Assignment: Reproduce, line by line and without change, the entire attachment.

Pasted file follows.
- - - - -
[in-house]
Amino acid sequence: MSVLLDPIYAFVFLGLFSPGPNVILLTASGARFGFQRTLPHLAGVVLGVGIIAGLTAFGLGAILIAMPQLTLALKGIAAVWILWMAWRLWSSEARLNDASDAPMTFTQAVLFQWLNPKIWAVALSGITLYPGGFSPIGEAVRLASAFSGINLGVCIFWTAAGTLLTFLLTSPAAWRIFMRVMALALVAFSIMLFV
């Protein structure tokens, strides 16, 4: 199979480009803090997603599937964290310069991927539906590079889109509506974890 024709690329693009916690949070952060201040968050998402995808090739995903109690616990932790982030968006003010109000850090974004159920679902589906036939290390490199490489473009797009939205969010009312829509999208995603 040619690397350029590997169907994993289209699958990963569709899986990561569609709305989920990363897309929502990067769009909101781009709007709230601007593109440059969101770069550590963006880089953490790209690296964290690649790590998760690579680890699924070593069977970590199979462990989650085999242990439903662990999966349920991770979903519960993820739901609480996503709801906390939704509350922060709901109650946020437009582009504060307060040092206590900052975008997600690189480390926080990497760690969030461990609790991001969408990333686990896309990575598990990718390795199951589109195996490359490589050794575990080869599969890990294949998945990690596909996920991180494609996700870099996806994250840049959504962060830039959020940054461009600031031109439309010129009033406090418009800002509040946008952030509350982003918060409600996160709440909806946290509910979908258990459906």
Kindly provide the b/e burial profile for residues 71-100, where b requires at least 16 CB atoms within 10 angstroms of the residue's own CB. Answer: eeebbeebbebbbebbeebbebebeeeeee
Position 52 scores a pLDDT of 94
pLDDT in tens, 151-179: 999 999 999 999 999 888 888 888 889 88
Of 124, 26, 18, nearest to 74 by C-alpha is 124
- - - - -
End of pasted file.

[in-house]
Amino acid sequence: MSVLLDPIYAFVFLGLFSPGPNVILLTASGARFGFQRTLPHLAGVVLGVGIIAGLTAFGLGAILIAMPQLTLALKGIAAVWILWMAWRLWSSEARLNDASDAPMTFTQAVLFQWLNPKIWAVALSGITLYPGGFSPIGEAVRLASAFSGINLGVCIFWTAAGTLLTFLLTSPAAWRIFMRVMALALVAFSIMLFV
């Protein structure tokens, strides 16, 4: 199979480009803090997603599937964290310069991927539906590079889109509506974890 024709690329693009916690949070952060201040968050998402995808090739995903109690616990932790982030968006003010109000850090974004159920679902589906036939290390490199490489473009797009939205969010009312829509999208995603 040619690397350029590997169907994993289209699958990963569709899986990561569609709305989920990363897309929502990067769009909101781009709007709230601007593109440059969101770069550590963006880089953490790209690296964290690649790590998760690579680890699924070593069977970590199979462990989650085999242990439903662990999966349920991770979903519960993820739901609480996503709801906390939704509350922060709901109650946020437009582009504060307060040092206590900052975008997600690189480390926080990497760690969030461990609790991001969408990333686990896309990575598990990718390795199951589109195996490359490589050794575990080869599969890990294949998945990690596909996920991180494609996700870099996806994250840049959504962060830039959020940054461009600031031109439309010129009033406090418009800002509040946008952030509350982003918060409600996160709440909806946290509910979908258990459906």
Kindly provide the b/e burial profile for residues 71-100, where b requires at least 16 CB atoms within 10 angstroms of the residue's own CB. Answer: eeebbeebbebbbebbeebbebebeeeeee
Position 52 scores a pLDDT of 94
pLDDT in tens, 151-179: 999 999 999 999 999 888 888 888 889 88
Of 124, 26, 18, nearest to 74 by C-alpha is 124